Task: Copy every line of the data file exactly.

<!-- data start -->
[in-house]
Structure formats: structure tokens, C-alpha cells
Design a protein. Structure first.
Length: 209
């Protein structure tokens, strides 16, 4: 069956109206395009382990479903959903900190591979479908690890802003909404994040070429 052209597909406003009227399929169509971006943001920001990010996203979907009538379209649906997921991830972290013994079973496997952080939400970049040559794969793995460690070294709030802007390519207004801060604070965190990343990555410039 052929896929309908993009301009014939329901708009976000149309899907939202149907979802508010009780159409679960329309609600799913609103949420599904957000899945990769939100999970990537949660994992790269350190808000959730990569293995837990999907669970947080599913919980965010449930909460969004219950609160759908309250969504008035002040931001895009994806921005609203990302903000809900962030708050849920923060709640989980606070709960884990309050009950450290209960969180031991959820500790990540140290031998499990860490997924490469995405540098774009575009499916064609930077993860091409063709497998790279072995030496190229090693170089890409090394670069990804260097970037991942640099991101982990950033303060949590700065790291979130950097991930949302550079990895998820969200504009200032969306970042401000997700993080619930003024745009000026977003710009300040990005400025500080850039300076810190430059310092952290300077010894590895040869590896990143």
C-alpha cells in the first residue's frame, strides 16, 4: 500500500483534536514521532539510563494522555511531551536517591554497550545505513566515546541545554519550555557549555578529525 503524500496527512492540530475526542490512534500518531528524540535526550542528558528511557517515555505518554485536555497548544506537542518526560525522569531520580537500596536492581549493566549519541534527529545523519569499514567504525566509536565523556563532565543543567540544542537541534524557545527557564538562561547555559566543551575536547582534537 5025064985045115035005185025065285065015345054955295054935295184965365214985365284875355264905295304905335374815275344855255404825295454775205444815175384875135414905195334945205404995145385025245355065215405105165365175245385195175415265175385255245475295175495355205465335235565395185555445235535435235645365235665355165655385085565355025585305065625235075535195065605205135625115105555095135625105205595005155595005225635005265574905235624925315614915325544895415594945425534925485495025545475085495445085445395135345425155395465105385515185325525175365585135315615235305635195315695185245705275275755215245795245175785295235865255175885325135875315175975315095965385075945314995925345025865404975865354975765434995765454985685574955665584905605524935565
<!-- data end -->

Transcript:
[in-house]
Structure formats: structure tokens, C-alpha cells
Design a protein. Structure first.
Length: 209
């Protein structure tokens, strides 16, 4: 069956109206395009382990479903959903900190591979479908690890802003909404994040070429 052209597909406003009227399929169509971006943001920001990010996203979907009538379209649906997921991830972290013994079973496997952080939400970049040559794969793995460690070294709030802007390519207004801060604070965190990343990555410039 052929896929309908993009301009014939329901708009976000149309899907939202149907979802508010009780159409679960329309609600799913609103949420599904957000899945990769939100999970990537949660994992790269350190808000959730990569293995837990999907669970947080599913919980965010449930909460969004219950609160759908309250969504008035002040931001895009994806921005609203990302903000809900962030708050849920923060709640989980606070709960884990309050009950450290209960969180031991959820500790990540140290031998499990860490997924490469995405540098774009575009499916064609930077993860091409063709497998790279072995030496190229090693170089890409090394670069990804260097970037991942640099991101982990950033303060949590700065790291979130950097991930949302550079990895998820969200504009200032969306970042401000997700993080619930003024745009000026977003710009300040990005400025500080850039300076810190430059310092952290300077010894590895040869590896990143």
C-alpha cells in the first residue's frame, strides 16, 4: 500500500483534536514521532539510563494522555511531551536517591554497550545505513566515546541545554519550555557549555578529525 503524500496527512492540530475526542490512534500518531528524540535526550542528558528511557517515555505518554485536555497548544506537542518526560525522569531520580537500596536492581549493566549519541534527529545523519569499514567504525566509536565523556563532565543543567540544542537541534524557545527557564538562561547555559566543551575536547582534537 5025064985045115035005185025065285065015345054955295054935295184965365214985365284875355264905295304905335374815275344855255404825295454775205444815175384875135414905195334945205404995145385025245355065215405105165365175245385195175415265175385255245475295175495355205465335235565395185555445235535435235645365235665355165655385085565355025585305065625235075535195065605205135625115105555095135625105205595005155595005225635005265574905235624925315614915325544895415594945425534925485495025545475085495445085445395135345425155395465105385515185325525175365585135315615235305635195315695185245705275275755215245795245175785295235865255175885325135875315175975315095965385075945314995925345025865404975865354975765434995765454985685574955665584905605524935565